Sunday, March 25, 2018

The Cosmic Import of Easter

March 25 (John 17:5)

And now, Father, glorify me in your own presence with the glory that I had with you before the world existed.  (ESV)

Today is Palm Sunday.  Later this week Christians will celebrate the other holy days of Easter Week with Maundy Thursday, Good Friday, Holy Saturday, and Easter Sunday itself.  Yet celebrating days associated with a certain person can become routine.  We have days to honor Presidents and days to honor great public servants like Martin Luther King, Jr.  We honor mothers, fathers, and grandparents.  Then there are the wacky celebrations like National Hot Dog Day, which this year is July 18th, and National Sock Day on December 4th.  And let’s face it.  The year in, year out celebrations around Easter can numb us with their regularity to what is really going on.

The holy days of Easter do not mark important moments in a man’s life.  They acknowledge unparalleled moments in the history of human beings when God intervened and walked among us.  Consider the verse above, which comes from the last meal that Jesus shared with His disciples.  Scripture says that God knew us before we were born (see Jeremiah 1:5), but neither you nor I existed before the world began, and we certainly did not share in the Father’s glory.  The words Jesus uses here speak clearly to His divine nature.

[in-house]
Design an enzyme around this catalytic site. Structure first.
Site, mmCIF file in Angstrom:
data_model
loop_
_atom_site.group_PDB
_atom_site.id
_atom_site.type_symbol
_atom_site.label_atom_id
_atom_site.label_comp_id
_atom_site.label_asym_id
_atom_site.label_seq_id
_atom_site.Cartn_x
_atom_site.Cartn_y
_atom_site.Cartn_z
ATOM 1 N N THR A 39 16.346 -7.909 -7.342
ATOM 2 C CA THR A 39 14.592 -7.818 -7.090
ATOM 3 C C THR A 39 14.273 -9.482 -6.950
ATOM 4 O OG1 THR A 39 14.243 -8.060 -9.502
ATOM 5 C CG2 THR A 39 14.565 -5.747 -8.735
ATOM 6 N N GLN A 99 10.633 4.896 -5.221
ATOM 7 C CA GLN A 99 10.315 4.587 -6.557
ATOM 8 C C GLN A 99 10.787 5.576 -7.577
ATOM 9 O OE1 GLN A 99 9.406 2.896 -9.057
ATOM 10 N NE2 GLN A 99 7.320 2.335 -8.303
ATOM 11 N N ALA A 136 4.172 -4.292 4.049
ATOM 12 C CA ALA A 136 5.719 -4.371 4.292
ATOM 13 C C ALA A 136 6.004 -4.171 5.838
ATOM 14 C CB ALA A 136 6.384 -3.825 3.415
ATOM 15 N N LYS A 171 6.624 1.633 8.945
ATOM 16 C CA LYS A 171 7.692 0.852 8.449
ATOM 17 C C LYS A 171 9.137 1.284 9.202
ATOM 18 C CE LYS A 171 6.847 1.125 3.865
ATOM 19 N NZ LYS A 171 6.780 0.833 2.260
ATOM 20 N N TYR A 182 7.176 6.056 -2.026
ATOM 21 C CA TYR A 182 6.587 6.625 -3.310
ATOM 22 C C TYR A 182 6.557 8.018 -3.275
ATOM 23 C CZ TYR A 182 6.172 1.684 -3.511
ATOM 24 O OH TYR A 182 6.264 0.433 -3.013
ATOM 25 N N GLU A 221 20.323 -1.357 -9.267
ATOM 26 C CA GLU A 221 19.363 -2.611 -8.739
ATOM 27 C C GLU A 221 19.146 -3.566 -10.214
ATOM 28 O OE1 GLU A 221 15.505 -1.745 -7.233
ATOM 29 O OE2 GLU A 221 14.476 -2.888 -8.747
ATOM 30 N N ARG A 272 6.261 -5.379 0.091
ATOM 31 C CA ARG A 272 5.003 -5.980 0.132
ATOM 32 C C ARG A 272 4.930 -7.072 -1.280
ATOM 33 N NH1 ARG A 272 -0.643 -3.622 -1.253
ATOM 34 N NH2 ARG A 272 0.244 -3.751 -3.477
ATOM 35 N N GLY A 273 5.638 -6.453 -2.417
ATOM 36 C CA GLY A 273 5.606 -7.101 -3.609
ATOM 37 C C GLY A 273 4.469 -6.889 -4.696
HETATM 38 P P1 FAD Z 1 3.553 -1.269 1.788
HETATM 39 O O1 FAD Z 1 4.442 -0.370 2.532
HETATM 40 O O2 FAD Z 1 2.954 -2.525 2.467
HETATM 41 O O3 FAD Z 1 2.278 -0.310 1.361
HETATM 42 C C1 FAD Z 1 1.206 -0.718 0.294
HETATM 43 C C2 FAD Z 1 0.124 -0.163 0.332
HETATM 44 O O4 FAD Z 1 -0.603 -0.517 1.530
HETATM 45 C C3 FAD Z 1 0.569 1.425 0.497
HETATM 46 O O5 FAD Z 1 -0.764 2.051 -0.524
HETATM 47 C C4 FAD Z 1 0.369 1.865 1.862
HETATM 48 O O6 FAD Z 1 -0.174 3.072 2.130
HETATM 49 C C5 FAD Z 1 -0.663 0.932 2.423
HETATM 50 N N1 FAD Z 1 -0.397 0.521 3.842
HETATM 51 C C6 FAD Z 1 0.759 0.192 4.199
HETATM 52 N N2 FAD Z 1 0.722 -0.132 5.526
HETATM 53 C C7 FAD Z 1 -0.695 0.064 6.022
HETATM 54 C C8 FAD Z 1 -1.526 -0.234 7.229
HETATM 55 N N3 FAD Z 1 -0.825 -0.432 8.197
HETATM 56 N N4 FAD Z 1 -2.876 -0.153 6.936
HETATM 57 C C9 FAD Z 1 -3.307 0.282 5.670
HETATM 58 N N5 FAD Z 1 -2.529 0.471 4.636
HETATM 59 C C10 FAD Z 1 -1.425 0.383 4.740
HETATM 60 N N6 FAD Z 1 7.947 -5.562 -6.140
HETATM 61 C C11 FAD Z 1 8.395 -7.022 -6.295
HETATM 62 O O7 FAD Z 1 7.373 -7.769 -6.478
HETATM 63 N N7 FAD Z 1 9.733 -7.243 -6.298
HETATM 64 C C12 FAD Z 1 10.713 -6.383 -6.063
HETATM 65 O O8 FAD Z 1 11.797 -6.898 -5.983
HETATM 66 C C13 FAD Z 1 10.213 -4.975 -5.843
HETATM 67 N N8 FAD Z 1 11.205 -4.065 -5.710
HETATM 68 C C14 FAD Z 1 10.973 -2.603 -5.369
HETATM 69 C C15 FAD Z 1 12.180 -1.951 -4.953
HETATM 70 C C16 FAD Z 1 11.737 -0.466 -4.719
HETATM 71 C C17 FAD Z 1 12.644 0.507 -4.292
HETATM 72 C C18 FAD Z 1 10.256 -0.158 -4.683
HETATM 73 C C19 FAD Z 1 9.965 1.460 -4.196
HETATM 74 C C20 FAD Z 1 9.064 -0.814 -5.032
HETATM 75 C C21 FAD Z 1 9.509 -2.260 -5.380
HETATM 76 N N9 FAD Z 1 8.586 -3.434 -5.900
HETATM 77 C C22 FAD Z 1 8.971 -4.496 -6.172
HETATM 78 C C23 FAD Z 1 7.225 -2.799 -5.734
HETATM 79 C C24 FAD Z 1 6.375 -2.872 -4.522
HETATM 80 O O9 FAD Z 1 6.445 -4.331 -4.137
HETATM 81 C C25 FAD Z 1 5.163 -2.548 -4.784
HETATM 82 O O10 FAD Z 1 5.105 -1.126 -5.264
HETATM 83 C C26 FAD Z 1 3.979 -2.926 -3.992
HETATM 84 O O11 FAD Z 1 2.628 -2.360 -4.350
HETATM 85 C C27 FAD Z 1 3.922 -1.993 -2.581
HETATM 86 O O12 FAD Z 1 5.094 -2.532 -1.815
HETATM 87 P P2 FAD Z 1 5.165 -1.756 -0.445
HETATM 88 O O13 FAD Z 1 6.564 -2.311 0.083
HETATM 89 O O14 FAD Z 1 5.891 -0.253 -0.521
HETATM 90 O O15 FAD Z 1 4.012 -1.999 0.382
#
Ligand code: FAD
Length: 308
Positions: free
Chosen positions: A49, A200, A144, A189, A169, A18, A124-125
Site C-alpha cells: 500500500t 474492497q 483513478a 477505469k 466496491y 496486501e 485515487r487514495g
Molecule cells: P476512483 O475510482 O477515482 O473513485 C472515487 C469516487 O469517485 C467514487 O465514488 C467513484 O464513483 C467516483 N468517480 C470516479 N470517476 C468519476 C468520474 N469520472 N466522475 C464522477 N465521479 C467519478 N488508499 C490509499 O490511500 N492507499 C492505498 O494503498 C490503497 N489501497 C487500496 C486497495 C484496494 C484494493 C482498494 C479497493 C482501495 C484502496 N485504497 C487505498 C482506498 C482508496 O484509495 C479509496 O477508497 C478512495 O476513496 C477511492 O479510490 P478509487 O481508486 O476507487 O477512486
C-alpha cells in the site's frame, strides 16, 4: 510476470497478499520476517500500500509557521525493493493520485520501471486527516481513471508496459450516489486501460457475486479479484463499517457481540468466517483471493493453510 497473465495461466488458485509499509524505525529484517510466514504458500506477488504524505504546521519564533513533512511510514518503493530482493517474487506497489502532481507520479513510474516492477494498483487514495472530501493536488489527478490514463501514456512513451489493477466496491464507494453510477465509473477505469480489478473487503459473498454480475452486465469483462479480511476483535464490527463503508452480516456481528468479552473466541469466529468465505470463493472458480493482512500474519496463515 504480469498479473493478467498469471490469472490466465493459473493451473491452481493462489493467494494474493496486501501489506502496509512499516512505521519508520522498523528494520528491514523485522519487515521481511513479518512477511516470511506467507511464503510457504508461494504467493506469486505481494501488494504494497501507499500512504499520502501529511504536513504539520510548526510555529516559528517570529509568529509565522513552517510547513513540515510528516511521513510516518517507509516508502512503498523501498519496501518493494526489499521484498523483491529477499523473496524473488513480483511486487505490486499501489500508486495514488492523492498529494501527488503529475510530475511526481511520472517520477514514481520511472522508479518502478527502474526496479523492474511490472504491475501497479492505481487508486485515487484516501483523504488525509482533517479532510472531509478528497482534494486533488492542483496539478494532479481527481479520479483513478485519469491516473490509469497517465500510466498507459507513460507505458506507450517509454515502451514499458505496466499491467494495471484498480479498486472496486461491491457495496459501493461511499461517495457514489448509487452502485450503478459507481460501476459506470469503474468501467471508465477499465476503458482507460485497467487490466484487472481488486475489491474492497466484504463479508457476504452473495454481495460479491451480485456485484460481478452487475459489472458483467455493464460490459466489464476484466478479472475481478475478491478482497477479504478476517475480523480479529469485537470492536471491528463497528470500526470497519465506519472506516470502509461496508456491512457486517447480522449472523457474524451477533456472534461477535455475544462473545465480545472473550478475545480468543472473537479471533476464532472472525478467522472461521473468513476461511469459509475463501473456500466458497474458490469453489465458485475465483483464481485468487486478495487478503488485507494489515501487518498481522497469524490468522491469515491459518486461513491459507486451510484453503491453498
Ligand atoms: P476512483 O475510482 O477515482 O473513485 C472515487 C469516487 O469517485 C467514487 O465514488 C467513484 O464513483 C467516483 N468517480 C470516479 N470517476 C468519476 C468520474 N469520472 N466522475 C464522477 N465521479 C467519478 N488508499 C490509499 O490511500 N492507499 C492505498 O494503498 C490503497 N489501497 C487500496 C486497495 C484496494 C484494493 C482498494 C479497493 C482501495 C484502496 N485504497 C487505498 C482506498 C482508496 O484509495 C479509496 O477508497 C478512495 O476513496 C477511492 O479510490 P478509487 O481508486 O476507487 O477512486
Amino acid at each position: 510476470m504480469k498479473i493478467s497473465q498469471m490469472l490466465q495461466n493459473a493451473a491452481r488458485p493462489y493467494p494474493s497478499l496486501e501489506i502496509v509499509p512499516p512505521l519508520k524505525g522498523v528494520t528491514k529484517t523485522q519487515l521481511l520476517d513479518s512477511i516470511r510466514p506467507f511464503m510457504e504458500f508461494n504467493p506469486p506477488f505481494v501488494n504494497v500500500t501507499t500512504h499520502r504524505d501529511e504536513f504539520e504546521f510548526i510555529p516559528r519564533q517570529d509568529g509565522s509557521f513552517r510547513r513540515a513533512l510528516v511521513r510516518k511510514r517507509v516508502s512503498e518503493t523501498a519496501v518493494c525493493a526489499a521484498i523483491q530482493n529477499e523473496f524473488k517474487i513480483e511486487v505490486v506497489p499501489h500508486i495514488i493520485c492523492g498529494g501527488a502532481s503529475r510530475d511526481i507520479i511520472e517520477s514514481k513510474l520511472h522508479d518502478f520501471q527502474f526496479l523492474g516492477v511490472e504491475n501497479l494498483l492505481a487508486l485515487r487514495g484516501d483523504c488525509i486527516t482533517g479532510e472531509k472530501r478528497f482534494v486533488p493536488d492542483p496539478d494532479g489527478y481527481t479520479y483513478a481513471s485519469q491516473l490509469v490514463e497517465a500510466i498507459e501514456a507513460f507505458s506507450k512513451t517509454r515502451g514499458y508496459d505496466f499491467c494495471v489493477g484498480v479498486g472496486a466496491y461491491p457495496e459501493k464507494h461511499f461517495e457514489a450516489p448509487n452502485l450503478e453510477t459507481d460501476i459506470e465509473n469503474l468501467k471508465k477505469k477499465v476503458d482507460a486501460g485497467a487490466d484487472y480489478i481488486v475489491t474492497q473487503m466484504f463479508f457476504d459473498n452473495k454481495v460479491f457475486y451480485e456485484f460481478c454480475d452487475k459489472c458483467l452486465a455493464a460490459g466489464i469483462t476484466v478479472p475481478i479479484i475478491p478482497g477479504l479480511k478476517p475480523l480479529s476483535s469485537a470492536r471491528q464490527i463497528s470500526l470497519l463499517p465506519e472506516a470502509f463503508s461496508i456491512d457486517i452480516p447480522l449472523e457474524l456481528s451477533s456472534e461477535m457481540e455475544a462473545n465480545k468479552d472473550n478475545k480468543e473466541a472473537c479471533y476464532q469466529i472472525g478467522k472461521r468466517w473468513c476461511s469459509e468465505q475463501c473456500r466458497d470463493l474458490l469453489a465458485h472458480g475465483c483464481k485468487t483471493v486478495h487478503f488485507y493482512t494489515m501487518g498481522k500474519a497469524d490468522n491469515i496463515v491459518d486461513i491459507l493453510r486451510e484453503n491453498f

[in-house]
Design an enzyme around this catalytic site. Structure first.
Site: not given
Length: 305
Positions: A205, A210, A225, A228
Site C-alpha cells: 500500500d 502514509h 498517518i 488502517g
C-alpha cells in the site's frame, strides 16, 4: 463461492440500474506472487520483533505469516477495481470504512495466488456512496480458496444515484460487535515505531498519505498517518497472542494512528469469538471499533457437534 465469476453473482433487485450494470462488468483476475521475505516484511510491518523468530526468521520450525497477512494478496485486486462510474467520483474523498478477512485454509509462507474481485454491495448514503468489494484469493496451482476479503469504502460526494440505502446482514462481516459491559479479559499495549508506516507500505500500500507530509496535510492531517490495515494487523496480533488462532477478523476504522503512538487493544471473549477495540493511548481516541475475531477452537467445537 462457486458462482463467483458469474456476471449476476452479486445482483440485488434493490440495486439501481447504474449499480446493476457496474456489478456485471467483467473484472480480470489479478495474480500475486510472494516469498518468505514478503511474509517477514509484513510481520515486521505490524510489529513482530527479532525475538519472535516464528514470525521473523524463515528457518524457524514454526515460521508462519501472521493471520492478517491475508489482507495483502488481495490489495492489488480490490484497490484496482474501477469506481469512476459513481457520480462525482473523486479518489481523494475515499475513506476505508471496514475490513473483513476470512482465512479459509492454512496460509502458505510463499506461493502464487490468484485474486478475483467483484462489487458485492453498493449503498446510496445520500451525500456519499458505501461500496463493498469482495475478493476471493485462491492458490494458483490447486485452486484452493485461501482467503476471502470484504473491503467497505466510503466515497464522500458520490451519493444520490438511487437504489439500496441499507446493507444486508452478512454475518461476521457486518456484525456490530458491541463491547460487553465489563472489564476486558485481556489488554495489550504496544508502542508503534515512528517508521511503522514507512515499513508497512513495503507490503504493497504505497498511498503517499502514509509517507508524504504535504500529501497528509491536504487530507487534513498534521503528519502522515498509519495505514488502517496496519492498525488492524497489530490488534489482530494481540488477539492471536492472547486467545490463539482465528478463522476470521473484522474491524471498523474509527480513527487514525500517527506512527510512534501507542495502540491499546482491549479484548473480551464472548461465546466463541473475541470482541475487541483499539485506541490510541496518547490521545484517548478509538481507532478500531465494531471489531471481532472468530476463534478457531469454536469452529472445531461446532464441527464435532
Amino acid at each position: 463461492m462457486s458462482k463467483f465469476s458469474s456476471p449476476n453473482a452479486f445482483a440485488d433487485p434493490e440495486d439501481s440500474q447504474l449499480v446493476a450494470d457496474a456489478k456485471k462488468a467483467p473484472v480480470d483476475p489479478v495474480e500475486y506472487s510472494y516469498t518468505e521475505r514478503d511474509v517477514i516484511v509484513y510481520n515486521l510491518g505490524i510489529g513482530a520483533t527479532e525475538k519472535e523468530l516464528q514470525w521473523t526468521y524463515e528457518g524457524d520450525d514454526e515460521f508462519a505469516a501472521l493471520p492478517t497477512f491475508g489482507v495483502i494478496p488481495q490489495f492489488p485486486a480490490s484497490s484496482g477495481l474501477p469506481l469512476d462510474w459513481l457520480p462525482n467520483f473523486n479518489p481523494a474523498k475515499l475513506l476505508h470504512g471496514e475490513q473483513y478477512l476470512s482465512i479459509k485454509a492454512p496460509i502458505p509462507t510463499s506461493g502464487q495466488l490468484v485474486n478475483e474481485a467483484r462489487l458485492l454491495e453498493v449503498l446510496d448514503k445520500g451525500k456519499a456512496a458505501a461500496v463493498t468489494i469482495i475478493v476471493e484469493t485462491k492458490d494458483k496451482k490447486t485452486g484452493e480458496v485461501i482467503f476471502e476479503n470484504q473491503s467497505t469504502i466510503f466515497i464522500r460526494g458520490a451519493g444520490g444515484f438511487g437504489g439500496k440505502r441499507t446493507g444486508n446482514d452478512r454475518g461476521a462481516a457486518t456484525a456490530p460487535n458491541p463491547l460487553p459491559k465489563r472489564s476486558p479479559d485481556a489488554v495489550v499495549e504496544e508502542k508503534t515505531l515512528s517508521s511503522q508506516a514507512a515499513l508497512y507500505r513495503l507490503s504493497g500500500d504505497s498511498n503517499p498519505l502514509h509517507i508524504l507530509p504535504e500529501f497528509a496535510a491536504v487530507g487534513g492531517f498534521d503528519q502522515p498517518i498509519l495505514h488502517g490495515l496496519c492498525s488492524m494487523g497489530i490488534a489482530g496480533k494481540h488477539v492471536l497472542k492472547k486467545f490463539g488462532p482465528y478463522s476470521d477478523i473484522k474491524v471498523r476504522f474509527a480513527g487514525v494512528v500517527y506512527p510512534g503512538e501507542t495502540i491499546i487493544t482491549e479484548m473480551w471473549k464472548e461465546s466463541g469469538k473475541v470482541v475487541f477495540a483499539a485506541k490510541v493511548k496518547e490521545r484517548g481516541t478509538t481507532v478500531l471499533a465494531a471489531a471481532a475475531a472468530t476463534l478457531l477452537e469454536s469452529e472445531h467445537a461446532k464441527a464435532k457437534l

Easter is about the awe-inspiring, indescribable work of God, Who is transcendent past all our understanding, yet became one of us that we might know Him fully.  These are days of truly cosmic import, for the Greek word used for “world” in this verse is kosmos, which indicates all of the created order, the entire universe.  There have been many good people who have done wonderful things, and we put their names on buildings and dedicate days to their remembrance.  The days of Easter are about so much more than that.  We set them aside to enter once again into the mysterious interaction of the divine and the human, the heavenly and the earthly, when God Himself was man and changed our experience of reality forever.

O Lord, as the poet John Donne once wrote, You were immensity cloistered in Your mother’s womb, You Who created Your mother and then were born through her.  The very thought of You expands my heart and soul and mind past all the feelings and wisdom and knowledge of this world.  May Your praise be ever on my lips and Your worship the very fabric of my life, both in these days of the Easter season and in all the days of my life.  In the name of King Jesus, my risen Savior, amen.

Copyright © 2018 by Steven R. Perkins

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